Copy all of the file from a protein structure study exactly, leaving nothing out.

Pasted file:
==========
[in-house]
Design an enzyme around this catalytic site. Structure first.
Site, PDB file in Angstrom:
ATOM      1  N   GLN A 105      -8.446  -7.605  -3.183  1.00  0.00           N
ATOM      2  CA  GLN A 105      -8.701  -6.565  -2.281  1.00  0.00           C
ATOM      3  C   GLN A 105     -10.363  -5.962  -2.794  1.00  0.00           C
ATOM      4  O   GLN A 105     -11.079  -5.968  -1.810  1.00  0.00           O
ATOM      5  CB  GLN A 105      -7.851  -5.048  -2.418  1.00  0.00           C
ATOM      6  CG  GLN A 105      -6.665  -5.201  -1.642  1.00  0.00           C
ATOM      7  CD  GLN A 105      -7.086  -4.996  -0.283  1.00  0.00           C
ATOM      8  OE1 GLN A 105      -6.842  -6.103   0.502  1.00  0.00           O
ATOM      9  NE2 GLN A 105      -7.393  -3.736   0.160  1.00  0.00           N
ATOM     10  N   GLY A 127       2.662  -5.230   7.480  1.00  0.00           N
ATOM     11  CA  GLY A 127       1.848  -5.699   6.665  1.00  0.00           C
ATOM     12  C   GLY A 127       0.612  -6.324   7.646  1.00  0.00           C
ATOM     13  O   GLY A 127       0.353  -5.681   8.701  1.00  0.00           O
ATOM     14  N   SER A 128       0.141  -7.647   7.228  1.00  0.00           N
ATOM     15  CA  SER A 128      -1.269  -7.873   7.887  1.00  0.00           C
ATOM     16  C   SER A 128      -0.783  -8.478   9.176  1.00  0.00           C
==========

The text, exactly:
[in-house]
Design an enzyme around this catalytic site. Structure first.
Site, PDB file in Angstrom:
ATOM      1  N   GLN A 105      -8.446  -7.605  -3.183  1.00  0.00           N
ATOM      2  CA  GLN A 105      -8.701  -6.565  -2.281  1.00  0.00           C
ATOM      3  C   GLN A 105     -10.363  -5.962  -2.794  1.00  0.00           C
ATOM      4  O   GLN A 105     -11.079  -5.968  -1.810  1.00  0.00           O
ATOM      5  CB  GLN A 105      -7.851  -5.048  -2.418  1.00  0.00           C
ATOM      6  CG  GLN A 105      -6.665  -5.201  -1.642  1.00  0.00           C
ATOM      7  CD  GLN A 105      -7.086  -4.996  -0.283  1.00  0.00           C
ATOM      8  OE1 GLN A 105      -6.842  -6.103   0.502  1.00  0.00           O
ATOM      9  NE2 GLN A 105      -7.393  -3.736   0.160  1.00  0.00           N
ATOM     10  N   GLY A 127       2.662  -5.230   7.480  1.00  0.00           N
ATOM     11  CA  GLY A 127       1.848  -5.699   6.665  1.00  0.00           C
ATOM     12  C   GLY A 127       0.612  -6.324   7.646  1.00  0.00           C
ATOM     13  O   GLY A 127       0.353  -5.681   8.701  1.00  0.00           O
ATOM     14  N   SER A 128       0.141  -7.647   7.228  1.00  0.00           N
ATOM     15  CA  SER A 128      -1.269  -7.873   7.887  1.00  0.00           C
ATOM     16  C   SER A 128      -0.783  -8.478   9.176  1.00  0.00           C